I was amused to see that I started the year with a quote from the Nobel laureate Niels Bohr: “Prediction is very difficult, especially if it’s about the future.” No kidding, right?
Just think of the sales potential from knowing someone just had a really bad day at work, then offering them a discount on a bottle of their favourite whiskey, which can be delivered to their home within an hour.
Those who spot the trouble first will be best placed to avoid it, switching to alternative suppliers before stock shortages hit the market.
We are witnessing some lasting changes in customer behaviour.
Coming out of lockdown is going to highlight everyone’s strengths and weaknesses. Being under lockdown did the same, really.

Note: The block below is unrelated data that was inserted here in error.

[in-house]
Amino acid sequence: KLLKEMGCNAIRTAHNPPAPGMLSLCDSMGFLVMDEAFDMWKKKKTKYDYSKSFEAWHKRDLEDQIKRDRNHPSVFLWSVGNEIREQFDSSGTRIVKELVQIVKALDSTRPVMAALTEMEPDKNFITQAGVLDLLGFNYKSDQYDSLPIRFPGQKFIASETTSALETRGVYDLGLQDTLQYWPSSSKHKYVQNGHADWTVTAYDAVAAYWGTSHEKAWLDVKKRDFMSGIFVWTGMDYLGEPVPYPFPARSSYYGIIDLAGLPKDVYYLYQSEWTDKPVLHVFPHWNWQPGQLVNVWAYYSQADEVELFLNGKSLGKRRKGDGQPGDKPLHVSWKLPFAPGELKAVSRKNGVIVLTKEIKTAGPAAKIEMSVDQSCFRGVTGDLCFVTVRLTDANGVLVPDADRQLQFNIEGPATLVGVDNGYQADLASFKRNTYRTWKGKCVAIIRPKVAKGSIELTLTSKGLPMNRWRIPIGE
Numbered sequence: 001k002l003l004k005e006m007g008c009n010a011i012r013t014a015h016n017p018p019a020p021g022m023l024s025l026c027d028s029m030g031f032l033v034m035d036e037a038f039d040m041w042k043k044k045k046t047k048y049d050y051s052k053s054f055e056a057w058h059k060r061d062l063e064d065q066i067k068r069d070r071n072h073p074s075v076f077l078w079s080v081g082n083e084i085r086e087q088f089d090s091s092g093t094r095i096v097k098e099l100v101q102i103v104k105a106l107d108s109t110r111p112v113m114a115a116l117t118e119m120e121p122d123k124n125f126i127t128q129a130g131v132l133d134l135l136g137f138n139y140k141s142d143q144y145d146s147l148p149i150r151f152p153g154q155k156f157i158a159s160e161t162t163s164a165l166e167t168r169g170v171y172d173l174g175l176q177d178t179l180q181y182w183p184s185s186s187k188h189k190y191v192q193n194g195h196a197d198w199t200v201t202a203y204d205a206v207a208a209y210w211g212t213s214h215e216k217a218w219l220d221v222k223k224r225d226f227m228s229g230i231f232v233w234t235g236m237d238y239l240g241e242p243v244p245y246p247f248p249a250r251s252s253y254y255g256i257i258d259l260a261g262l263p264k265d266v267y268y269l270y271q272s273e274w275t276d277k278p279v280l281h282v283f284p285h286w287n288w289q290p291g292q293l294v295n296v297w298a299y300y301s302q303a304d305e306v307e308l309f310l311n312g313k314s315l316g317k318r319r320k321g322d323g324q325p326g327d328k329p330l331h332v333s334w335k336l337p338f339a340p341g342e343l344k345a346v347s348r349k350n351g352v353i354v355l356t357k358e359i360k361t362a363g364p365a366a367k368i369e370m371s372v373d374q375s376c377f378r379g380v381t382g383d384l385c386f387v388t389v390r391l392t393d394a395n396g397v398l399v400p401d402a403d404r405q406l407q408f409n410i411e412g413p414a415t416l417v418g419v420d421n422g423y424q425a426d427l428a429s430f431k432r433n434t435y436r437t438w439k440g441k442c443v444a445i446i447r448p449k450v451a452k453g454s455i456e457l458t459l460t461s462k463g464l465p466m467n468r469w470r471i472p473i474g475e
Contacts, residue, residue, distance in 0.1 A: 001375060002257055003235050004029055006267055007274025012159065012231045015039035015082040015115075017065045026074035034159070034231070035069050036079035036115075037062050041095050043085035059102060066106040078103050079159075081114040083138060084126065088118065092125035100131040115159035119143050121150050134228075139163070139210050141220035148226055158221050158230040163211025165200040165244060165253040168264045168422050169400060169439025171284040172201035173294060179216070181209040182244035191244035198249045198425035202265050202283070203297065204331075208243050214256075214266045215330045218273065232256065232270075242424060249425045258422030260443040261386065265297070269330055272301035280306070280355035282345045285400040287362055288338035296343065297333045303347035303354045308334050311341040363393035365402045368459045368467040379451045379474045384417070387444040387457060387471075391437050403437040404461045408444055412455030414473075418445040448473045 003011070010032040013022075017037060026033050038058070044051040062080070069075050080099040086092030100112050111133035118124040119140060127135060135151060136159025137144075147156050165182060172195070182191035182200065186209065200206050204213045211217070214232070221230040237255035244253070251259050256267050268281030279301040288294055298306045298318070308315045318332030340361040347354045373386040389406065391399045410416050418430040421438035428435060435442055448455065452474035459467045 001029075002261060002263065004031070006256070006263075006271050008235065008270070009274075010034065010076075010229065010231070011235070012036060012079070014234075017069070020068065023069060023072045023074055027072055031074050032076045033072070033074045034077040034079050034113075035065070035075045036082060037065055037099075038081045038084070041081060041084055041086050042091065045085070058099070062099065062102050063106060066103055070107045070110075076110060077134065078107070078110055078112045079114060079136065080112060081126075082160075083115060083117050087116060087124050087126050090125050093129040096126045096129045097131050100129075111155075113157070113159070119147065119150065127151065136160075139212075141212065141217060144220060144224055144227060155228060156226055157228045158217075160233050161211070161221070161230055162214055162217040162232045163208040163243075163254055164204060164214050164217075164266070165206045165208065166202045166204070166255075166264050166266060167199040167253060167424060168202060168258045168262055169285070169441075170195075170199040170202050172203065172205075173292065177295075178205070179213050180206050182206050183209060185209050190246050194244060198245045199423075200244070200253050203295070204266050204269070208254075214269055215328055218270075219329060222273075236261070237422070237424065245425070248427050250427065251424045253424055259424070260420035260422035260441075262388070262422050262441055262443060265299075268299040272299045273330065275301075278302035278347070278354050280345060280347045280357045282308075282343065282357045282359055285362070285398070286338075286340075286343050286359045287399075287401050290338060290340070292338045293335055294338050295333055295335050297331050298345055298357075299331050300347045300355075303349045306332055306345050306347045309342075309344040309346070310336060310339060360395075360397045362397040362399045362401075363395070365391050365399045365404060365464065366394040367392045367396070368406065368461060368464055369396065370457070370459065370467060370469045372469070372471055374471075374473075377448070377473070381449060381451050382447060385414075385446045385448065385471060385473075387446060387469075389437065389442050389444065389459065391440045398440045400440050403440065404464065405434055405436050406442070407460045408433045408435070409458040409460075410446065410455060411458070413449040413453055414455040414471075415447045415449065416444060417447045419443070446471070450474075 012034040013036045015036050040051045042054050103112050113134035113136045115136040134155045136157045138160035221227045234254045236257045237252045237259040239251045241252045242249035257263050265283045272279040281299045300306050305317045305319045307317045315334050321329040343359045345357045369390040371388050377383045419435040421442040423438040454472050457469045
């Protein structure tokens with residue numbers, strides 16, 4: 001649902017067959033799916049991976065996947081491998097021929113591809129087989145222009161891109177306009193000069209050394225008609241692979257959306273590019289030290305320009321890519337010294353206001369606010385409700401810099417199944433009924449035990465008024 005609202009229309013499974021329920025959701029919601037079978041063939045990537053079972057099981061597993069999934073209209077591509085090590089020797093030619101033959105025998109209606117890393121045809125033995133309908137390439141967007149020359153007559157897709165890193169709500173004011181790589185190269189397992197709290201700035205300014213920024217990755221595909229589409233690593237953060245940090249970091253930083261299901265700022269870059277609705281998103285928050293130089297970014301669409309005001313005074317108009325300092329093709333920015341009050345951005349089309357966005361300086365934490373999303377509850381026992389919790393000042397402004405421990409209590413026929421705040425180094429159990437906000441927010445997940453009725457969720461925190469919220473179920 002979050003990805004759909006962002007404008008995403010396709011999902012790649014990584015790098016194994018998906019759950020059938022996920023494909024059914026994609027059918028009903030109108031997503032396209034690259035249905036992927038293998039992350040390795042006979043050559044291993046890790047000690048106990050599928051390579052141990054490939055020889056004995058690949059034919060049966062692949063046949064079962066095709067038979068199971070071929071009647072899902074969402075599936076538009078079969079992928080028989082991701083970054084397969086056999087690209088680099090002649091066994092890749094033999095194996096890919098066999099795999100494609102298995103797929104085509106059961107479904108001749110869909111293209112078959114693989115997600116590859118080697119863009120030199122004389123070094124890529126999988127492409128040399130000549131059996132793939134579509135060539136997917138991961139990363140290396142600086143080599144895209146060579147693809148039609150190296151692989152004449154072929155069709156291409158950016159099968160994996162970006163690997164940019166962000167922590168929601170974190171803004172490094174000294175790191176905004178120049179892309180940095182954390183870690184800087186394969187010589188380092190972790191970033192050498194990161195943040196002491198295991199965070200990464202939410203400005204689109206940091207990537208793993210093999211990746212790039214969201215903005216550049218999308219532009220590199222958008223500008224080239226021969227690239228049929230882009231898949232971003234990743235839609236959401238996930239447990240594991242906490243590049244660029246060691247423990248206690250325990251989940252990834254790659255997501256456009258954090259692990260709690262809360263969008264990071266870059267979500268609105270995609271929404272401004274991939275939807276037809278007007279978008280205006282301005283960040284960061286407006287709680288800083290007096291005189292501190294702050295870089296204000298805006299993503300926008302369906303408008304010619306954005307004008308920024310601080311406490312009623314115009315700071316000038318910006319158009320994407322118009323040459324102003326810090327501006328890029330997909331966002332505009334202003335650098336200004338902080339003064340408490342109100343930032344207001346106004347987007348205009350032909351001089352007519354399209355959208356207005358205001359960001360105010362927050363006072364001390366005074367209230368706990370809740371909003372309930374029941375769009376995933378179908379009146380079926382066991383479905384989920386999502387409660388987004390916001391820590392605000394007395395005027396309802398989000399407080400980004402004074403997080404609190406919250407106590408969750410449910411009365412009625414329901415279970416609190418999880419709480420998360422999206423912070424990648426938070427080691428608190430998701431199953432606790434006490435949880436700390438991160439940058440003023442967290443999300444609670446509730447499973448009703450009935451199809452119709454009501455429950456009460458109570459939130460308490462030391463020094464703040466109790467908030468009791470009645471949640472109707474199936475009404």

What’s happening in Phase-2 countries where stores are already re-opening?
According to Barclays, the high streets of Britain are experiencing a surge in popularity. Could the high street be one of the unlikely beneficiaries of the pandemic? It’s an intriguing thought.
Blaming the demise of any retailer on the coronavirus makes it easy to say “there was nothing we could do.” But that sort of thing makes it difficult to learn from a situation.
15 billion euros in potential sells and thousands of shops and jobs lost. This is the inauspicious forecast made by Renato Borghi, President of the Italy-Confcommercio Fashion Federation, which prompted us to create our first fashion business case, which can be downloaded here.
In this scenario the limitations of the “old” mentality with which many Italian companies have faced the advent of e-commerce become even more limiting.